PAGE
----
It appears that Mexico’s inflation is finally getting under control. But, at the same time, the economy is starting to sputter. So far it has only barely escaped a technical recession, with growth far from prior levels.
But, the Central Bank finally has room to take action that the government has been pushing for ever since the new President took office.
Despite two cuts so far, Mexico still has the highest interest rate in the world, when taking into account inflation.
This hasn’t done much to encourage capital flows. The Mexican peso has been under pressure due to increased capital outflows, as well as the rate cuts. And that trend doesn’t seem likely to change soon.
What We Are Expecting
Not only is there a strong consensus in favor of a rate cut, but there is even a majority chance of a 50 basis point cut this time around.
In the last meeting, the vote was split between cutting 25 or 50 bps. Three of the five members voted for the former. Although Banxico did not give forward guidance, the statement was quite dovish.
The thought is that one more member will vote for a 50bp cut later today, bringing the rate to 7.25%. The swaps spread has moved to project that the rate will reach that level by the end of the year, and there is still one more meeting.
But, conventional wisdom is that the bank will take a more aggressive stance to catch up with the easing cycle in other countries, notably the US with which it has had an increasing rate spread after the Fed cut rates.
The Market Reaction
It should be noted that a poll of economists by Reuters found that just 10 out of 14 favored a rate cut, and the Banxico is notoriously cautious about cutting rates.
A hold would, however, be quite a surprise for the markets, as it is currently pricing in at least a 25bp cut. That would be the scenario in which we’d expect the least market reaction.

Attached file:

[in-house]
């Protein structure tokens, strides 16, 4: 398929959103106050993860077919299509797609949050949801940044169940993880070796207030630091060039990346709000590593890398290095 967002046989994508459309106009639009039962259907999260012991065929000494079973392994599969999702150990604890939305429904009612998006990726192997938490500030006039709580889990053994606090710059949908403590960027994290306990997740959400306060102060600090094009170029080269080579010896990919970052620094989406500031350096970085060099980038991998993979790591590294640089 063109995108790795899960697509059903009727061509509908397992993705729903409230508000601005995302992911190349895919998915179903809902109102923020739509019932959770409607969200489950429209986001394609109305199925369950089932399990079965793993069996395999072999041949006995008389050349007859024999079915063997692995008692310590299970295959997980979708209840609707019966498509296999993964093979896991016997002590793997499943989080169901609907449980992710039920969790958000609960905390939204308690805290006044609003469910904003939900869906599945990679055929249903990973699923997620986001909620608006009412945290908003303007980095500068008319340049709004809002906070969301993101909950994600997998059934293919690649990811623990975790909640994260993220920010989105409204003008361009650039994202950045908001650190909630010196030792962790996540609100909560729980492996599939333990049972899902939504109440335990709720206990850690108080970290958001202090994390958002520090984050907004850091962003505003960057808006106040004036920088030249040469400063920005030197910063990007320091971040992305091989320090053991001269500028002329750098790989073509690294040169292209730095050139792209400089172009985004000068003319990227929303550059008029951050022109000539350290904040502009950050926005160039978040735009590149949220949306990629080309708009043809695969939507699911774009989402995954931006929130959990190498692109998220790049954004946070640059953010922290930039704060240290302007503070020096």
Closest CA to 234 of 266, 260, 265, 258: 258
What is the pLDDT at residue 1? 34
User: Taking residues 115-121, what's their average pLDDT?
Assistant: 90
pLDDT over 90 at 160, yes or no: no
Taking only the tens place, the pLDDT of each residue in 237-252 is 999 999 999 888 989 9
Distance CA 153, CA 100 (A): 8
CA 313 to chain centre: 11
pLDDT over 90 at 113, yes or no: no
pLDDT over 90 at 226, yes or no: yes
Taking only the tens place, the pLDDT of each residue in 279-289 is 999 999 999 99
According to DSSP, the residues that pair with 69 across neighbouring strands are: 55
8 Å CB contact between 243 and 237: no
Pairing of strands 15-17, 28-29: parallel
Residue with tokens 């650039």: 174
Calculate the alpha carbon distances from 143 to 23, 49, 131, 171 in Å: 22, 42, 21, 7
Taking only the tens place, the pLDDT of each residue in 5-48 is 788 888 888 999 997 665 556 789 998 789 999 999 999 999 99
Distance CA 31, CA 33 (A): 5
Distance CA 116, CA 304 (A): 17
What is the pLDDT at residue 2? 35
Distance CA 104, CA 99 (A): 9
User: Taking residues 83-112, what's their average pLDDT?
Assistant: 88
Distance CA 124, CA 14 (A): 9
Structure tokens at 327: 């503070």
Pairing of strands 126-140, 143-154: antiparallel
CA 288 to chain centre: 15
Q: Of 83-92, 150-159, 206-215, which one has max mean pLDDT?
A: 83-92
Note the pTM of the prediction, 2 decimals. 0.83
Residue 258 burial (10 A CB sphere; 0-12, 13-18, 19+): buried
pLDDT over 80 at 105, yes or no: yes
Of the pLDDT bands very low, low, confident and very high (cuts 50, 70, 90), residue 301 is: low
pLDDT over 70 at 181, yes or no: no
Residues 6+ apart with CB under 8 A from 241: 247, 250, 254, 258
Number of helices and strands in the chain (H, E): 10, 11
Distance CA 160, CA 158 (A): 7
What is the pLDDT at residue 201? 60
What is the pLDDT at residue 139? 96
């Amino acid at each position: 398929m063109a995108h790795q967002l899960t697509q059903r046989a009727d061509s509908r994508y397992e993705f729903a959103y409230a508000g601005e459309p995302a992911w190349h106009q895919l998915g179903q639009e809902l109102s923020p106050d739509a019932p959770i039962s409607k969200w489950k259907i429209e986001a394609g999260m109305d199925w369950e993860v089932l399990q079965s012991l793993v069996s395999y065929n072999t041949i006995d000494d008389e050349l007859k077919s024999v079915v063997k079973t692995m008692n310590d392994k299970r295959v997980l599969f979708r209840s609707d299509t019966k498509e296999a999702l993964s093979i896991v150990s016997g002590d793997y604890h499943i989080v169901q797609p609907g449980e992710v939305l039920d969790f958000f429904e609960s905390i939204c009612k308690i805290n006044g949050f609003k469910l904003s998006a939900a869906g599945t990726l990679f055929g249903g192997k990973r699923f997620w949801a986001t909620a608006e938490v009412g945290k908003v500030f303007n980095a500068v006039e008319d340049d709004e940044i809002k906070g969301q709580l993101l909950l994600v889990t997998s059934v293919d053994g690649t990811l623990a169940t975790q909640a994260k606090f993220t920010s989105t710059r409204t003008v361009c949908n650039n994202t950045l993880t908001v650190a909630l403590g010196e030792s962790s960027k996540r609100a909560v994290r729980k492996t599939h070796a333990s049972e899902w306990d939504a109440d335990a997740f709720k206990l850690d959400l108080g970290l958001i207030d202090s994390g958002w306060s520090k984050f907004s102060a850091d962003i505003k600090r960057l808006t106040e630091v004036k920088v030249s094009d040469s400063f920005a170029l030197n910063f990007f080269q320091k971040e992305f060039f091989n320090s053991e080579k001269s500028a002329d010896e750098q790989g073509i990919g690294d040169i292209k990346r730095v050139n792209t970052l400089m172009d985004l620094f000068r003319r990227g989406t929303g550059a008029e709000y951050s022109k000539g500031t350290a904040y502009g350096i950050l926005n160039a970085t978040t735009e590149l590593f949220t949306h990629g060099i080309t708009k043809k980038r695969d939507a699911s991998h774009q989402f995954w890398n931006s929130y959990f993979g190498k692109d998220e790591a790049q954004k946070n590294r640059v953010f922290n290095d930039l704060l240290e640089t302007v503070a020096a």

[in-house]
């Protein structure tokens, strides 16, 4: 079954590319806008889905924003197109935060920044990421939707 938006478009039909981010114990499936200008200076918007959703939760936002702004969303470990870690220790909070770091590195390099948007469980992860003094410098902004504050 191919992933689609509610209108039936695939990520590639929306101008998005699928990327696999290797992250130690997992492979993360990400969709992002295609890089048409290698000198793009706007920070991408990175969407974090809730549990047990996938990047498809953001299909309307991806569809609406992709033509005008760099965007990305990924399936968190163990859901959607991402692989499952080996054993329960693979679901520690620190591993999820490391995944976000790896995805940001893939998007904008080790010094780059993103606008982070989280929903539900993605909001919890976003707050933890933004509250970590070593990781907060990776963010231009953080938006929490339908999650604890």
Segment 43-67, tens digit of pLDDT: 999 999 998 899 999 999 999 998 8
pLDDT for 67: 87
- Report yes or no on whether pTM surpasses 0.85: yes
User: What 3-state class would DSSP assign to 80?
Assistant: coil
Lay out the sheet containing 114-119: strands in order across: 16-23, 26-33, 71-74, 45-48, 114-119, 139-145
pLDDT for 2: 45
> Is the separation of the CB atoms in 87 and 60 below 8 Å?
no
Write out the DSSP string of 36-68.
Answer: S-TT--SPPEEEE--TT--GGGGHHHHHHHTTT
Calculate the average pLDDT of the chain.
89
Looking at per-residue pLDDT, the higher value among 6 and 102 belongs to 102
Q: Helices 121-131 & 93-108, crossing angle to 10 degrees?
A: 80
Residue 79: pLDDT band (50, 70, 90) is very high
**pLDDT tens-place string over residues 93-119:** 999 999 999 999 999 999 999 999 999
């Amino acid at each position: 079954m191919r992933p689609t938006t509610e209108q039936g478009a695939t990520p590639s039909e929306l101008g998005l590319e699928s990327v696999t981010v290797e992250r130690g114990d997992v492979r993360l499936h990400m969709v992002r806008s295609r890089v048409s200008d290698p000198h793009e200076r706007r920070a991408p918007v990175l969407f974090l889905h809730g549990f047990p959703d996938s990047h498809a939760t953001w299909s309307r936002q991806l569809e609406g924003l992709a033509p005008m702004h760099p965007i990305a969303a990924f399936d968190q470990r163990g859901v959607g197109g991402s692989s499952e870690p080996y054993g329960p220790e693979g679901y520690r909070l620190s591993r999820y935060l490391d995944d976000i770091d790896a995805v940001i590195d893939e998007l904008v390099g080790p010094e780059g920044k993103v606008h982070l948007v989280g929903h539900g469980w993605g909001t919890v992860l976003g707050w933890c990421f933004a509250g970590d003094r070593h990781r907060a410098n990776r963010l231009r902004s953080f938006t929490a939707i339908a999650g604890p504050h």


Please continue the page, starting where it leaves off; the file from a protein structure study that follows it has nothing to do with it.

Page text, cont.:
The next factor is the wording in the monetary policy statement. Last time it was dovish, but the expectation is for it to be more explicit this time around. We could see some market adjustment if they finally provide guidance. However, there isn’t an expectation that we will get a forward-looking rate path like other central banks do.
Even if there is some discrepancy in the timing of rate cuts, among analysts there is a pretty strong consensus that over the next couple of months the inflation rate will continue to shrink. This is mostly thanks to lower basic goods costs. At the same time, the economy is expected to perform at the bottom of the projected range.
Both would be indications for the central bank to continue an easing cycle, including a total of 50bps by the end of December. The discrepancy is whether the bank will do the whole thing later today, or spread it over this and the next meeting.
However, the MXN has been performing better than most other emerging markets. In fact, it has increased since the Banxico finally started cutting rates. This not only could help allay fears by the central bank of currency weakness but also tell traders that rate cuts don’t necessarily mean increased weakness in the currency.
And with the USMCA expected to be ratified soon, the peso could be in for further strength!